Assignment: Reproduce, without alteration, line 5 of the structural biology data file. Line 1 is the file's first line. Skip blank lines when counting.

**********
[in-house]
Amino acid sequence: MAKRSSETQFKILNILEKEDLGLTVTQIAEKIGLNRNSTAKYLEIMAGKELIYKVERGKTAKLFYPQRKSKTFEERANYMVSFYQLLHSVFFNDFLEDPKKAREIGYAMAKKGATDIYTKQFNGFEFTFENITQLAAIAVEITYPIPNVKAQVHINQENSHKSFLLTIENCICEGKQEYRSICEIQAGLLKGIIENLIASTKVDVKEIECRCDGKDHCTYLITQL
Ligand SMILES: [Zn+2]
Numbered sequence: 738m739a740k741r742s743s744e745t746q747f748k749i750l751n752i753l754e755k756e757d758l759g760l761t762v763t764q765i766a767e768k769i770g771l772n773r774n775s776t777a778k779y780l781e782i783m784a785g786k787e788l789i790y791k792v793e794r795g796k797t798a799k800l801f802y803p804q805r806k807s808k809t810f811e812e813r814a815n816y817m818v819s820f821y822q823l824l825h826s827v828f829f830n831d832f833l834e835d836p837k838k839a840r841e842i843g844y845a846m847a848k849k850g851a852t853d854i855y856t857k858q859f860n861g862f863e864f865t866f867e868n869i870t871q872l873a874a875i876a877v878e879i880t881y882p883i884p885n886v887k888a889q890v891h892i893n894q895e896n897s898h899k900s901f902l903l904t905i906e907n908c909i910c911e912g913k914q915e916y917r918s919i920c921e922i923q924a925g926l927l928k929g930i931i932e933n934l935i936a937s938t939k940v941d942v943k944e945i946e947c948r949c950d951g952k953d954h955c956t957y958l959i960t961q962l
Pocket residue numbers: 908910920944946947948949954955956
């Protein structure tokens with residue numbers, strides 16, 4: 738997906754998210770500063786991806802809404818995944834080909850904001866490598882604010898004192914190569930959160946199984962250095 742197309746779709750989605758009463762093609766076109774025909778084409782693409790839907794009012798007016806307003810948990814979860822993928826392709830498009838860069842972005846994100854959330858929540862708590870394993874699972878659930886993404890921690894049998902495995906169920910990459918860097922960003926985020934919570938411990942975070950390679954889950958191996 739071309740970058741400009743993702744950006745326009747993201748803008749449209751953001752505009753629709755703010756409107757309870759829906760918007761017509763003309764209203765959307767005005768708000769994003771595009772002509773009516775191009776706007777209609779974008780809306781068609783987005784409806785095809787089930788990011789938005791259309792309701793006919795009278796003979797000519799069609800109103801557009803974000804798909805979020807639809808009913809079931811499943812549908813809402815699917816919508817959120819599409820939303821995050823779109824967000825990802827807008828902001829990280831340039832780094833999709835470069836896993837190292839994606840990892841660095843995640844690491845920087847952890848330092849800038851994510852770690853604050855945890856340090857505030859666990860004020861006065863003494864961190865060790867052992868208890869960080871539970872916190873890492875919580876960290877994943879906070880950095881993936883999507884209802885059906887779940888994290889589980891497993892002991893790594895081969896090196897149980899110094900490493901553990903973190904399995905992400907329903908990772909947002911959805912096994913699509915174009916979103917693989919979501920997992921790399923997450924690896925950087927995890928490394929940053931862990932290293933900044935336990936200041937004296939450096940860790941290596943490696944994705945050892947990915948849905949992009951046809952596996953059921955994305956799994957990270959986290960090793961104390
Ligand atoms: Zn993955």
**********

Pocket residue numbers: 908910920944946947948949954955956